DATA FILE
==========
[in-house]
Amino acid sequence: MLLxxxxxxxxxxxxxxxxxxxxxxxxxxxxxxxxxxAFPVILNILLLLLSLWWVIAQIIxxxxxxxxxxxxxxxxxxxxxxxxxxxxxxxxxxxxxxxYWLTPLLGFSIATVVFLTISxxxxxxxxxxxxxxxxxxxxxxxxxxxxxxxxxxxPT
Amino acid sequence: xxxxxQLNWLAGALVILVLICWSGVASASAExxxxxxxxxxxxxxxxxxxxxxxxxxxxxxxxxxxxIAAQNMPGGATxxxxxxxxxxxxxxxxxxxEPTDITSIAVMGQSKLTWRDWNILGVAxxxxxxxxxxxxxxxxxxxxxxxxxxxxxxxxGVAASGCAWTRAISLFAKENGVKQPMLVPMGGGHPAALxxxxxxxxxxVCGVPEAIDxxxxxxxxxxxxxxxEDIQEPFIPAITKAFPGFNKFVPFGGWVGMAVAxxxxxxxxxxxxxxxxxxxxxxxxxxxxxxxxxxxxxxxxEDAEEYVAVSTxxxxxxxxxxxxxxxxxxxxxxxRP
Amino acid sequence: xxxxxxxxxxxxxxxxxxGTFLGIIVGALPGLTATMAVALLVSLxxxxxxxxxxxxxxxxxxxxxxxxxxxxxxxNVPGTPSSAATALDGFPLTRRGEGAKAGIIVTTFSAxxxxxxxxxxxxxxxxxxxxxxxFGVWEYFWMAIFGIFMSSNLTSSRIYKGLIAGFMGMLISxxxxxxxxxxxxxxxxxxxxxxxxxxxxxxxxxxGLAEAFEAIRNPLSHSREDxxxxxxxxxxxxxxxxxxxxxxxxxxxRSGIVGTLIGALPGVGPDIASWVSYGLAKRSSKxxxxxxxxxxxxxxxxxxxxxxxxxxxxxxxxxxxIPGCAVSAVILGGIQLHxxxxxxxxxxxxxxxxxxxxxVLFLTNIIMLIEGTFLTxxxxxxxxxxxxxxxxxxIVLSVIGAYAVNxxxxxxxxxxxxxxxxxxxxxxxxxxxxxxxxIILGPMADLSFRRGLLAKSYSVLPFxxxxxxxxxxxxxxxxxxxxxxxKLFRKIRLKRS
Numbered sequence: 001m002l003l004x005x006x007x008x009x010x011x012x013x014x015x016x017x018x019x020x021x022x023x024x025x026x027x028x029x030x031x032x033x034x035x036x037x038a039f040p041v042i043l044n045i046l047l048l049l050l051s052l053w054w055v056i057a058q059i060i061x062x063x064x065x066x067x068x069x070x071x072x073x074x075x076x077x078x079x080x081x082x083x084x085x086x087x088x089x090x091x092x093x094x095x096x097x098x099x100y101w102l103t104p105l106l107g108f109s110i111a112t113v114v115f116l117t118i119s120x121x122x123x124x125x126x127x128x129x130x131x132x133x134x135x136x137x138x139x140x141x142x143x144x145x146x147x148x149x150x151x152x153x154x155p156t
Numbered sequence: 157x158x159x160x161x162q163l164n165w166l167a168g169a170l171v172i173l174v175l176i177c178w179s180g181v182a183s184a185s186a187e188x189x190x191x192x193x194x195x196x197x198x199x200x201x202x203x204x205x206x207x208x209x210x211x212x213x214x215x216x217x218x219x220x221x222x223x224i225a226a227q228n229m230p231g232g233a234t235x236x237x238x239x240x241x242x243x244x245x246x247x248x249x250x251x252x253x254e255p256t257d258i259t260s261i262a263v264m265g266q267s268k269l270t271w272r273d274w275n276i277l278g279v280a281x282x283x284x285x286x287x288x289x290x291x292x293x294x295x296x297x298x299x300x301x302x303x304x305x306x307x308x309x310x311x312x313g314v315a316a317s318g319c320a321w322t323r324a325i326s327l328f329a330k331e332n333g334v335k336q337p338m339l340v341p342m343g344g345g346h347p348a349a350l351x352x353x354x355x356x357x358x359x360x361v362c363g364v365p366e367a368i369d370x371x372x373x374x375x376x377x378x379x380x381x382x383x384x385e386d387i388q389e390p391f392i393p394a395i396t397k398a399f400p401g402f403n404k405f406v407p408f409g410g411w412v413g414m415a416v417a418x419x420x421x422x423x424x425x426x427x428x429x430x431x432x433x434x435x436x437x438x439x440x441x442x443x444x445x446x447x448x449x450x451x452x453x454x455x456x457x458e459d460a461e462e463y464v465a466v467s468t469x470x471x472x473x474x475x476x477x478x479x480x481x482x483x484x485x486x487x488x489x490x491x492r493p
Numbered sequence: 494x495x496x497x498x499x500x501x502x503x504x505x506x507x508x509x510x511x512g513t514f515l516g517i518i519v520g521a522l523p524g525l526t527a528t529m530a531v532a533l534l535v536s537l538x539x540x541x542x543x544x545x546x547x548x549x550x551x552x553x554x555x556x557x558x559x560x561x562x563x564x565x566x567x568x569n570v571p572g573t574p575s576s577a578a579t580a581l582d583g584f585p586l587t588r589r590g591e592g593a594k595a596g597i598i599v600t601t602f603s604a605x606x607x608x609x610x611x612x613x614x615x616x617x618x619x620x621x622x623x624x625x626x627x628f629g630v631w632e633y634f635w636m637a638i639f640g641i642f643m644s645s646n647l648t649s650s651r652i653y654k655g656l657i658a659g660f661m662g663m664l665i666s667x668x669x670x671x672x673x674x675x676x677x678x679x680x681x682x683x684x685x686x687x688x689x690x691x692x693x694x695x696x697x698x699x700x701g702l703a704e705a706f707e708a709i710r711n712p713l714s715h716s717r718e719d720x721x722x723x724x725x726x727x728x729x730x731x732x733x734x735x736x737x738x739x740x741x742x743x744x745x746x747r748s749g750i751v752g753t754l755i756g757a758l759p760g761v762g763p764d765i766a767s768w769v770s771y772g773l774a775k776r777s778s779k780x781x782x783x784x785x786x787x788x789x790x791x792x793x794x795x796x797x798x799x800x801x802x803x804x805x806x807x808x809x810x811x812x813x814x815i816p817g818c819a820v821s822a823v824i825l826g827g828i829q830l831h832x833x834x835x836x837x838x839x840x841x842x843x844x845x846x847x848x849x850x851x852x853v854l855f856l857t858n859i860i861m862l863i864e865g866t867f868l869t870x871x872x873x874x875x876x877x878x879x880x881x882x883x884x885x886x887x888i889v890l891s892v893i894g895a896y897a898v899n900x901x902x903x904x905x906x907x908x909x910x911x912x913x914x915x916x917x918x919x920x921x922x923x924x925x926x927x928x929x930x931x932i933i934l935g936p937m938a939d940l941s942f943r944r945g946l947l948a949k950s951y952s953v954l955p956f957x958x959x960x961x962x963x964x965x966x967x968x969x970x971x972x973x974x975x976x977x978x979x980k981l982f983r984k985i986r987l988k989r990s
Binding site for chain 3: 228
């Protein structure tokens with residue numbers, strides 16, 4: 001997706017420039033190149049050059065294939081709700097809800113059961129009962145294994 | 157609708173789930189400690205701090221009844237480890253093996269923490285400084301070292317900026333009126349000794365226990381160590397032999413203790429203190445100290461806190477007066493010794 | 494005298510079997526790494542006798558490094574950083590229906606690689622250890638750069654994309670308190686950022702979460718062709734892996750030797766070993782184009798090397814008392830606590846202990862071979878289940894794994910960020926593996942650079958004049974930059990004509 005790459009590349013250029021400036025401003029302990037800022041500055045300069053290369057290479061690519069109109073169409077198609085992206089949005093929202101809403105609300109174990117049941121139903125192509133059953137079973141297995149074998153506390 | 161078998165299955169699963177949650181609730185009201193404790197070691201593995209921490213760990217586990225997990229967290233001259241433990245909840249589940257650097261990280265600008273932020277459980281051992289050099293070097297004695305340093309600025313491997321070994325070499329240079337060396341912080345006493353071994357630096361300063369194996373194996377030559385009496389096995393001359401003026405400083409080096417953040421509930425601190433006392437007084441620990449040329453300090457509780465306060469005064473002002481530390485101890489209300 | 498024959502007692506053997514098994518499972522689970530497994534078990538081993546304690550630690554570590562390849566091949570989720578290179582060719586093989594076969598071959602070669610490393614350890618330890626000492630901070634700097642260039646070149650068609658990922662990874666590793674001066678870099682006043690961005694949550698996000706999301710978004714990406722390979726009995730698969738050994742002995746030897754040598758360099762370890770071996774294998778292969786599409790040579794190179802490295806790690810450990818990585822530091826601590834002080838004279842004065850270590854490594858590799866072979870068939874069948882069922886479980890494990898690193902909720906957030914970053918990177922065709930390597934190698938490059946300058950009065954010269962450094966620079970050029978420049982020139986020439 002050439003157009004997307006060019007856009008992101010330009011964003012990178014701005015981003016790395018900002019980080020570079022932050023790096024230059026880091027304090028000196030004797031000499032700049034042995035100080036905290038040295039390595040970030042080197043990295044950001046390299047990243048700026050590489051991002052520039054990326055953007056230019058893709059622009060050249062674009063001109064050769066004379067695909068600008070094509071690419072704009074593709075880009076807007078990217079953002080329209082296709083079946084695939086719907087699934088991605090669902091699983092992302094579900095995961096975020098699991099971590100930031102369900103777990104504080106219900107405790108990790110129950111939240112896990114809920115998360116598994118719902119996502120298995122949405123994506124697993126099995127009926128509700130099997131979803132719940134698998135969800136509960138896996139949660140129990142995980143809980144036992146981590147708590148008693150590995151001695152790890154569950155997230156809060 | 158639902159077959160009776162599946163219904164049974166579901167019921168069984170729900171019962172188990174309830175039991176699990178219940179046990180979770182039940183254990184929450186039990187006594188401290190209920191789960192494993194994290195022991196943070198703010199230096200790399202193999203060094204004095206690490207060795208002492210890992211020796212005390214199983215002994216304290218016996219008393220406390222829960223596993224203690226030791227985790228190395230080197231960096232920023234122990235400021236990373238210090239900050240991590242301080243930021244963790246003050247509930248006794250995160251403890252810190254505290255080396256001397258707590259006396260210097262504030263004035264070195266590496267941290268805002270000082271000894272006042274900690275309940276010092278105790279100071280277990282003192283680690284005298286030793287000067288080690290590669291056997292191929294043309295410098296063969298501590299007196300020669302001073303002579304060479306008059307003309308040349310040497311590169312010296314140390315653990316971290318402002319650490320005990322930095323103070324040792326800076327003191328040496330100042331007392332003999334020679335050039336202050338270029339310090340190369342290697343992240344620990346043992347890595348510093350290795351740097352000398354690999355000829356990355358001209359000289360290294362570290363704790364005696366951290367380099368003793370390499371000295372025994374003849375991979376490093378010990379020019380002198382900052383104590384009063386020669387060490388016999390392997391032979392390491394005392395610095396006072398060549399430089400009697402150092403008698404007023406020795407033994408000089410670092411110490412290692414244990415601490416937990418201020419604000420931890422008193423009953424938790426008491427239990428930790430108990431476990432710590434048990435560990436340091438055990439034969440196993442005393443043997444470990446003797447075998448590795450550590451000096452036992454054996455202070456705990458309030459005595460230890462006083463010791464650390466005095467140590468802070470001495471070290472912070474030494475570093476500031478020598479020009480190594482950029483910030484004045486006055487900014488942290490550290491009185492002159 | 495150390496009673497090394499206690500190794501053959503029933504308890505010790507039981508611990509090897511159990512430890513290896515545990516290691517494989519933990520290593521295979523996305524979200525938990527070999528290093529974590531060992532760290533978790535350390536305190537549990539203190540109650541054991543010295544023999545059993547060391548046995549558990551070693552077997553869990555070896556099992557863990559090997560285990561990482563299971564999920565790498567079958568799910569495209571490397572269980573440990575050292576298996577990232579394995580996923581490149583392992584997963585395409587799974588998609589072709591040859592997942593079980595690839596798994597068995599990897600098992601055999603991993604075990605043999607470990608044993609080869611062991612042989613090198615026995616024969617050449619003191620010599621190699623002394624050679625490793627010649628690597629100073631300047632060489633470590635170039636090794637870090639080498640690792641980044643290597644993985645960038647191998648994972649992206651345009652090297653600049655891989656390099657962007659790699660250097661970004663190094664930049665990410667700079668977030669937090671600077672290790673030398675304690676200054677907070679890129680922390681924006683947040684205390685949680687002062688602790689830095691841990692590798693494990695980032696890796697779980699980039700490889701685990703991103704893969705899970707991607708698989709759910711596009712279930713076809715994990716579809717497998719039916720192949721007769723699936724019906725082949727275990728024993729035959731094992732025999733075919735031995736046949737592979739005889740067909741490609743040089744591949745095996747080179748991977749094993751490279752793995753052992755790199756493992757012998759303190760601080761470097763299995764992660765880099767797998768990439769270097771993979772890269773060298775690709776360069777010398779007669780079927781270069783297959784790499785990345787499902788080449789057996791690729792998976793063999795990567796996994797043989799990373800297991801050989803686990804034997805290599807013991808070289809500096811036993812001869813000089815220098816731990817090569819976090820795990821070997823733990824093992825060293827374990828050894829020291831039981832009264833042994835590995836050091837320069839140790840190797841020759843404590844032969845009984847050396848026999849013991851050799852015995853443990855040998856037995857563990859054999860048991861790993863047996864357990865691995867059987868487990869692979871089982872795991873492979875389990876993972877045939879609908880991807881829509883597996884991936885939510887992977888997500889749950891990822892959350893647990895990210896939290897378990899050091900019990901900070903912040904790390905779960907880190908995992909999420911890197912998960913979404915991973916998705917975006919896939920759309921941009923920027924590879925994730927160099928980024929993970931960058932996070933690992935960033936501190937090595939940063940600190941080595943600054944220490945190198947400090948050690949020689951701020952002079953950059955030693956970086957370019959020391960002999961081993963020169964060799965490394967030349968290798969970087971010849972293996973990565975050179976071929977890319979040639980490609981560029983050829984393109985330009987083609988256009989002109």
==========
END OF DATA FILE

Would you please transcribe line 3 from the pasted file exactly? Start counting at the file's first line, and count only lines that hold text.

Amino acid sequence: xxxxxQLNWLAGALVILVLICWSGVASASAExxxxxxxxxxxxxxxxxxxxxxxxxxxxxxxxxxxxIAAQNMPGGATxxxxxxxxxxxxxxxxxxxEPTDITSIAVMGQSKLTWRDWNILGVAxxxxxxxxxxxxxxxxxxxxxxxxxxxxxxxxGVAASGCAWTRAISLFAKENGVKQPMLVPMGGGHPAALxxxxxxxxxxVCGVPEAIDxxxxxxxxxxxxxxxEDIQEPFIPAITKAFPGFNKFVPFGGWVGMAVAxxxxxxxxxxxxxxxxxxxxxxxxxxxxxxxxxxxxxxxxEDAEEYVAVSTxxxxxxxxxxxxxxxxxxxxxxxRP